Bringing up the pain and trauma of my parents’ divorce is to help you see that I am just like you: I’ve experienced something excruciating enough to want to make believe it never happened. But it did. There’s no going around it, and what’s unfortunate is how adamant I was about resisting that truth. But let me make it clear–I’m not justifying or suggesting we cling to our traumas or live in pain. NO. I’m suggesting we embrace the truth that the pain hurts, and then choose to allow what we’re experiencing to be our reality; pain as only the first step, healing and restoration as the last.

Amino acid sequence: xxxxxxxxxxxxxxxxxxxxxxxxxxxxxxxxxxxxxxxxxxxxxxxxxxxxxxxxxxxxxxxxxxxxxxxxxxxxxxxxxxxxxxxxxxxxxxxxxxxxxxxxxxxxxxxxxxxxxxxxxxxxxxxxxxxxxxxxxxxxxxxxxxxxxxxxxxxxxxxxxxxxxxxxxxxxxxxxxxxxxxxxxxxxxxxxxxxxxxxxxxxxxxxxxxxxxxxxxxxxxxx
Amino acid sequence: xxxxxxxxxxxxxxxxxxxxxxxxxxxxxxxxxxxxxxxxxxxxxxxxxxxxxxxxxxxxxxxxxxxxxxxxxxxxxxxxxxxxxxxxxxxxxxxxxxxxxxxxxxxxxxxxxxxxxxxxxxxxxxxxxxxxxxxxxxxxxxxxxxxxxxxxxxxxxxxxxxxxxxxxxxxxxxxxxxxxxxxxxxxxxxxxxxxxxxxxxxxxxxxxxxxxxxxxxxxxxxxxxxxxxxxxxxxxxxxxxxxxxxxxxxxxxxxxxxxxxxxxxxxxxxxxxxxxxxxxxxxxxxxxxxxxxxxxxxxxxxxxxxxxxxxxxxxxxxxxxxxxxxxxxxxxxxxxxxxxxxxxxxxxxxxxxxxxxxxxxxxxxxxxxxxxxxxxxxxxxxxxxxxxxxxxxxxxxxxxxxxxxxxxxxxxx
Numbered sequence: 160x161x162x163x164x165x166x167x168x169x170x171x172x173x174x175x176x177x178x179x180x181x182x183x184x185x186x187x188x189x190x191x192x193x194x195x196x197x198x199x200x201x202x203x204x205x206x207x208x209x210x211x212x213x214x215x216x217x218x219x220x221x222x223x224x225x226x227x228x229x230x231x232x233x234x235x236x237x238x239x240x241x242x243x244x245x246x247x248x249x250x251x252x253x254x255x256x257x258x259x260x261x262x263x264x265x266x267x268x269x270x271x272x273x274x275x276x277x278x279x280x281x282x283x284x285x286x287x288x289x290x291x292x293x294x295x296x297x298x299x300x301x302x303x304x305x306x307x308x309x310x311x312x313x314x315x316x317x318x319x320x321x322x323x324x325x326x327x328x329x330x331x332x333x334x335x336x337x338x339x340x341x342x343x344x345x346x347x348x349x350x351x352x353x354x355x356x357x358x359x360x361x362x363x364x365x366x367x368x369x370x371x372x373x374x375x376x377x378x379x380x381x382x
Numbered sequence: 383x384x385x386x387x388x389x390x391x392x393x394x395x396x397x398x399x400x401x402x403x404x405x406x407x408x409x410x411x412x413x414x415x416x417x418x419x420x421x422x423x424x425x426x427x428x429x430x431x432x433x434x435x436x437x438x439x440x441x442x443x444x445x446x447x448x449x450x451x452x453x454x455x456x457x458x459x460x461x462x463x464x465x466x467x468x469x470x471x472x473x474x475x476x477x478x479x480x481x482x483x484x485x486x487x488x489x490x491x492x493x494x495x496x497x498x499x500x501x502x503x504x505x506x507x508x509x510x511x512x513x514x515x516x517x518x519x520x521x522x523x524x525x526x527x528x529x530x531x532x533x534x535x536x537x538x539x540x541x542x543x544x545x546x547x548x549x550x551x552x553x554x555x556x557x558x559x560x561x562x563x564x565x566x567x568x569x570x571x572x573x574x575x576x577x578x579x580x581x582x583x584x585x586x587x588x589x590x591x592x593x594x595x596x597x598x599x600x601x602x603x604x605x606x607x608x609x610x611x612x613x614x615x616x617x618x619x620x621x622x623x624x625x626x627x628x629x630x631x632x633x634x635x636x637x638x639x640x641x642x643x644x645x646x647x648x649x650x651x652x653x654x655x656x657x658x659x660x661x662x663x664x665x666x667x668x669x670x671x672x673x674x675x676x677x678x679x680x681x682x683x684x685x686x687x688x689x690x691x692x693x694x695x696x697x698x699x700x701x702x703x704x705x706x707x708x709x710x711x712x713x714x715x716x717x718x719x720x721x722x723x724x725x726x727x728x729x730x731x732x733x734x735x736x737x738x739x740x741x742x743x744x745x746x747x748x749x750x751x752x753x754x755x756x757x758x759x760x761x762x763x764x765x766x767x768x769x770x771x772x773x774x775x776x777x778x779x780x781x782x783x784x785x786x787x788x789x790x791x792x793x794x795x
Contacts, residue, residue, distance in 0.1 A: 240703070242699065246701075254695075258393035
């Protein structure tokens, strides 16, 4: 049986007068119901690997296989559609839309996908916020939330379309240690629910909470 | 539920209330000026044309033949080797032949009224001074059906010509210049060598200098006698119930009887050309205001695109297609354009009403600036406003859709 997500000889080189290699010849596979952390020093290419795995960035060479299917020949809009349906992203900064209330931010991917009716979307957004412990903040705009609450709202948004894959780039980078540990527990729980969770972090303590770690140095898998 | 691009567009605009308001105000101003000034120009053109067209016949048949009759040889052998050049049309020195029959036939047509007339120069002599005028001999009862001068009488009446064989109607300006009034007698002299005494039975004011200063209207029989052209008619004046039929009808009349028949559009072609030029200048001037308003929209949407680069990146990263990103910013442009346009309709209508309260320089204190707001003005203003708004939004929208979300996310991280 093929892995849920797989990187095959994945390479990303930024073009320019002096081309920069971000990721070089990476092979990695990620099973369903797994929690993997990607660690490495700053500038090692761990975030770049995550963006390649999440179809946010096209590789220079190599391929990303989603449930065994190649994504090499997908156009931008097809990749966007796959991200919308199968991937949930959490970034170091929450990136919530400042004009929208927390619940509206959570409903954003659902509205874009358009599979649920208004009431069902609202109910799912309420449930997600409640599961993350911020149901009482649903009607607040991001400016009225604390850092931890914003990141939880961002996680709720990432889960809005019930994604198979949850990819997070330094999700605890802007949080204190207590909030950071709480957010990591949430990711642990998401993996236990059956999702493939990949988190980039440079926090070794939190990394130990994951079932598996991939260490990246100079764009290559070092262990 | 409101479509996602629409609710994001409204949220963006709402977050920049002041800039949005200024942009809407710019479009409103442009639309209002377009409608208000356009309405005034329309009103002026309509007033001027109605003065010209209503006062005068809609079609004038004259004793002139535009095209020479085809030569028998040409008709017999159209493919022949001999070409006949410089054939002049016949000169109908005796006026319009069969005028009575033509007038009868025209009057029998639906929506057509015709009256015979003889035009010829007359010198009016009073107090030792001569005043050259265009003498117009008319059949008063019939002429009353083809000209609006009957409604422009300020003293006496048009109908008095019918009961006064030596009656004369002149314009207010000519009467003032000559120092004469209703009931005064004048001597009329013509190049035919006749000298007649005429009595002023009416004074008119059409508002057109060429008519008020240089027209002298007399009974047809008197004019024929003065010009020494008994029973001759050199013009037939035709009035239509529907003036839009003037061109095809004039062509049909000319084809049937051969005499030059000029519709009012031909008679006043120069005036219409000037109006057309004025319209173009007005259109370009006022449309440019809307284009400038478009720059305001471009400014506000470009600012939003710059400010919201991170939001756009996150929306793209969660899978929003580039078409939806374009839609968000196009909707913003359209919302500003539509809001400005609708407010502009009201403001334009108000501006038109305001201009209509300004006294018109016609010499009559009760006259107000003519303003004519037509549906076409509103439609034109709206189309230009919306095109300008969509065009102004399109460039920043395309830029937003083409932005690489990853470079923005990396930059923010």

Like I said, I found Jesus 10 years after my parents’ divorce, and my faith is what has reshaped the perspective of my life for the better. I believe my purpose on Earth is to help others see Jesus by being a light to them through my faith in action. In writing this blog, for example, I hope to bring others who have experienced real horror in their life to the loving embrace of Jesus. That’s where the most promising safety is. Nothing on Earth, below it or above it could ever stop the love of Jesus. That is why I want others to come running for this—because the promise is real, it is eternal, and it is free. Whatever pain you’re going through, whatever Hell you’ve experienced, Jesus understands. You don’t have to live in that place by yourself. Your darkness can find the light just like any other; mine certainly did, even if it took ten years and counting. Some people find hope after decades of running through life trying to escape the pain of their memories–never realizing that their entire world is one microcosm of pain fabricated as the reality of their present moment; like some fictitious middle-ground world where they can’t really live, but where they aren’t really dead, either. But thankfully, that world isn’t real, it just feels real because our minds are trying to cope with our hearts’ experience of deep and horrible pain. When we are ready, we can take a step back and see a bigger picture: the Truth that Jesus loves us no matter what pain we’re experiencing, and that His light is stronger than our darkness.